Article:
I have raynauds and have never found gloves that work but I figured these were cheap enough to take a punt and I'm so glad I did. If anything my hands get too hot in them, can highly recommend. Best bit is they're waterproof so if carrying wet haynets, spill water on them etc your hands stay dry which is a big thing for me, likewise for picking wet muddy feet out.

https://www.safetygloves.co.uk/ejendals-tegera-517-insulated-waterproof-precision-work-gloves.html

I can also highly recommend equitector boots. They're the only thing that let me go out in this weather, anything else and I'm a frozen crying mess within minutes.

Fleecy full length waterproof chaps have been another godsend.
 

sbloom

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14 September 2011
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Suffolk
Does anyone have heated insoles? I can see cheaper one on ebay/Amazon, but the only ones that seem to be highly recommended are the very expensive skiing ones. Anyone any experience? Mind you I may not need them this winter at the rate this lockdown is going...
 

chaps89

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8 July 2009
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Surrey
Does anyone have heated insoles? I can see cheaper one on ebay/Amazon, but the only ones that seem to be highly recommended are the very expensive skiing ones. Anyone any experience? Mind you I may not need them this winter at the rate this lockdown is going...
My OH bought me some a few years ago, technology may have moved on from then to be fair.
When they worked they were great but given the nature of the product they only lasted one or two uses which meant buying replacement pads at not inconsiderable cost - essentially walking on the elements breaks them. We got trading standards involved as they were so expensive and refused to refund initially.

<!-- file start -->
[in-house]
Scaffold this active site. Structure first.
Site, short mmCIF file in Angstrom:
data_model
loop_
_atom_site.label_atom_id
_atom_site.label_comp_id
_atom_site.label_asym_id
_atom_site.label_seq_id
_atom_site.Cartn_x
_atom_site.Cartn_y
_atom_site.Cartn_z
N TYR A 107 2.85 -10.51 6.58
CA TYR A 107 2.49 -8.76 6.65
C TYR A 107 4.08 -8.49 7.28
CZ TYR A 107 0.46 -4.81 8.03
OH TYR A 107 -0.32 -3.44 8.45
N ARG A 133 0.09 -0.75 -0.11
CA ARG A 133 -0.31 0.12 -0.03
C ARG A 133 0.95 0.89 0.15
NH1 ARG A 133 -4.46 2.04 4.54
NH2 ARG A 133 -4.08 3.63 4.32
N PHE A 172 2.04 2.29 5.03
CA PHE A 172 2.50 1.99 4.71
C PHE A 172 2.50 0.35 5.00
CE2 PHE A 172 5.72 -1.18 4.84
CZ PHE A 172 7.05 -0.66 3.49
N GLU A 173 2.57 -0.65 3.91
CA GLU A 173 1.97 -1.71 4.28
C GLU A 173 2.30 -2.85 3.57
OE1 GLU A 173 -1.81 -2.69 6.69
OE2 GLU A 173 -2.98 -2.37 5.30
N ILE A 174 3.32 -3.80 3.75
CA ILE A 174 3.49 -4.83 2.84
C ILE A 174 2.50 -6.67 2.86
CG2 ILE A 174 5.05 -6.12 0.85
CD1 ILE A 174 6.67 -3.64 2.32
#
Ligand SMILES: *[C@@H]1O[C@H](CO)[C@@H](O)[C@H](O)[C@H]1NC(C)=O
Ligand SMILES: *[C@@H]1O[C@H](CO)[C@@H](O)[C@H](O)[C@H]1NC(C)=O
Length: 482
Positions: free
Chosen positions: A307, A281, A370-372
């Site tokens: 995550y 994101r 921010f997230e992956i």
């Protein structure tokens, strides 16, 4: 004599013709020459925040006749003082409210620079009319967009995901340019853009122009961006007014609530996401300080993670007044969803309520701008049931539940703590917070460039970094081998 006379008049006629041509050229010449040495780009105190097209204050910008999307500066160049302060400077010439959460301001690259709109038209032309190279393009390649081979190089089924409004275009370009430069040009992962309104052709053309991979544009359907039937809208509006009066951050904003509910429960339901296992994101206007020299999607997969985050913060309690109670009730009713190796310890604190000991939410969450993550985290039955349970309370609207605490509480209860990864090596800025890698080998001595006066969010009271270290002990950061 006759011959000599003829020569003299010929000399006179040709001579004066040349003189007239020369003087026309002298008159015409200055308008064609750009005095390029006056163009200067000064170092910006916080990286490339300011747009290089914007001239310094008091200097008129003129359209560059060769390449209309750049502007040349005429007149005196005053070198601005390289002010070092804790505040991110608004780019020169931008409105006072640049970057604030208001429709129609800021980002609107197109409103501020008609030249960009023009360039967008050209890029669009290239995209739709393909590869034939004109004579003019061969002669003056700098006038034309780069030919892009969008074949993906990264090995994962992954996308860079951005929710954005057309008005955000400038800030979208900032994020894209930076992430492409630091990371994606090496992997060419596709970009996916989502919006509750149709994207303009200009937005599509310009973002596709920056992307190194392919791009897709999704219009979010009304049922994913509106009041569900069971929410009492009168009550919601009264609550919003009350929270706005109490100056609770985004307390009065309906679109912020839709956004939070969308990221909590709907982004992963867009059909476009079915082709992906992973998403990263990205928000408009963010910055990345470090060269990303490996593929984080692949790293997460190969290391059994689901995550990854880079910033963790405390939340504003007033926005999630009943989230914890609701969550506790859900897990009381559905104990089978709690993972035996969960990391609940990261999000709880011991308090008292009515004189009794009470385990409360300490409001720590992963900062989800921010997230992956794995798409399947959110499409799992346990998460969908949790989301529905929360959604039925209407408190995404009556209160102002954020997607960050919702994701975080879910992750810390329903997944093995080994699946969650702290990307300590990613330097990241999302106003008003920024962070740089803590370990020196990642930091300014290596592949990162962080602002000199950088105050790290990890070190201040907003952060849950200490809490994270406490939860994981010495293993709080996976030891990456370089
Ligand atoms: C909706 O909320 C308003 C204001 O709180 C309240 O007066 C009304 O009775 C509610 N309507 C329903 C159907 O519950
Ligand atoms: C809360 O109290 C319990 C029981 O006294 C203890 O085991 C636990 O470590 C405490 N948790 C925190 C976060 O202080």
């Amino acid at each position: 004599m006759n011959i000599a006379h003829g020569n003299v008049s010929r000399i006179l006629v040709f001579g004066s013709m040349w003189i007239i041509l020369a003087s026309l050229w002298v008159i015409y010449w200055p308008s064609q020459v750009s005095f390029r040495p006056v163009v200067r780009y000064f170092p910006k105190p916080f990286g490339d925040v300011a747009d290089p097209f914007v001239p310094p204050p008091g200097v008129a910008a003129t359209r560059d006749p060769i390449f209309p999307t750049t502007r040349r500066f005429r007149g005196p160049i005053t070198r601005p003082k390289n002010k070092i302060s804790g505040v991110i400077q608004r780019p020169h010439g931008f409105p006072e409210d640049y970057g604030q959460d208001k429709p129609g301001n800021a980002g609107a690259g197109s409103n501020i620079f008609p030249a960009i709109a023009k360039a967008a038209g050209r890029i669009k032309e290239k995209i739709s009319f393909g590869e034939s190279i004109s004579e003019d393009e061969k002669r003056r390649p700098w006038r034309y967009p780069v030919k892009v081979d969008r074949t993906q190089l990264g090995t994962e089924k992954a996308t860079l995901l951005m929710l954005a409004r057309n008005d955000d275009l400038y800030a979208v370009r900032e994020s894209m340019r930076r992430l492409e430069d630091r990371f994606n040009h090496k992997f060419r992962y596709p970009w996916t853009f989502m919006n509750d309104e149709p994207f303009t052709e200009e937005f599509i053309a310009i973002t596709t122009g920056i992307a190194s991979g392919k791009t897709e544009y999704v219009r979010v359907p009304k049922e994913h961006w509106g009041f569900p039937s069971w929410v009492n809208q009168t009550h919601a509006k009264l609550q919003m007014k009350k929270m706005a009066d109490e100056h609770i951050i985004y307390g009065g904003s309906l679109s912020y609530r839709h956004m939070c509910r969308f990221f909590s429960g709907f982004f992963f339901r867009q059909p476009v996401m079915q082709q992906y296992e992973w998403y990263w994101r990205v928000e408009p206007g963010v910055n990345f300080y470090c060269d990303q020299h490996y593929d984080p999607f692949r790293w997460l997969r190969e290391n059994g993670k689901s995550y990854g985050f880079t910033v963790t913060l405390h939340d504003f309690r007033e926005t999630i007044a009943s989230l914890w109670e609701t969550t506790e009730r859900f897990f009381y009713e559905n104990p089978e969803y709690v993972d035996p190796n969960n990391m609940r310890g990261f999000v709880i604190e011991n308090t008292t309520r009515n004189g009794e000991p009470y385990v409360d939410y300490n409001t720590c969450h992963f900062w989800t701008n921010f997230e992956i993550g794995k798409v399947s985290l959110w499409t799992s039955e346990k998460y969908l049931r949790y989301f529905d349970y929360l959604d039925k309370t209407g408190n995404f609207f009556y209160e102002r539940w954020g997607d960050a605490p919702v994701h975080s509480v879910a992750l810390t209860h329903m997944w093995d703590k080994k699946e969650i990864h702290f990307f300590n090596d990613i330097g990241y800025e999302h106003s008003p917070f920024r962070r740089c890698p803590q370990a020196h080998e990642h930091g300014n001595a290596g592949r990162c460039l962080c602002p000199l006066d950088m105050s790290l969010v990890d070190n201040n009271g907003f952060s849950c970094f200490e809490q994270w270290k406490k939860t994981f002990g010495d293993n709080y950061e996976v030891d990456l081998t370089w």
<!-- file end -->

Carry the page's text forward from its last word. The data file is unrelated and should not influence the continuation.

I do really rate Equitector boots, I can wear regular socks in them and be outside all day and not get cold, impossible in other footwear even with thermal socks, heat holder socks, multiple pairs of socks etc etc
 

sbloom

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14 September 2011
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Suffolk
I do really rate Equitector boots, I can wear regular socks in them and be outside all day and not get cold, impossible in other footwear even with thermal socks, heat holder socks, multiple pairs of socks etc etc
I already wear the warmest insulated snowboots that Salomon make :p, they're not quite as warm as the previous pair that came from the US and had 400g Thinsulate and even then I could get cold feet when working. I have the coldest feet in the world.
 

sbloom

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14 September 2011
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Suffolk
There's nothing more miserable than cold feet is there :(
I keep them unlaced in the van until I get to my first appointment so the first customer has to wait for me to lace them up, or the blood supply never gets going and they'll never get warm. I have to try and get the right size, wide and long enough for thick socks, but I now have gone a fraction too big, and it's a really deep toe box, so my feet can't keep all that air warm. And yes, it's flippin' miserable, and I don't want chillblains (heated van of course in between appointments). I do make sure I keep my legs as warm as possible too, a too warm top half doesn't help much and I can overheat easily when adjusting saddles. Gloves are another issue but I wear thick, windproof wrist warmers as I need fingertip feel for working, and then whack on thick mittens when watching horse and rider, very classy!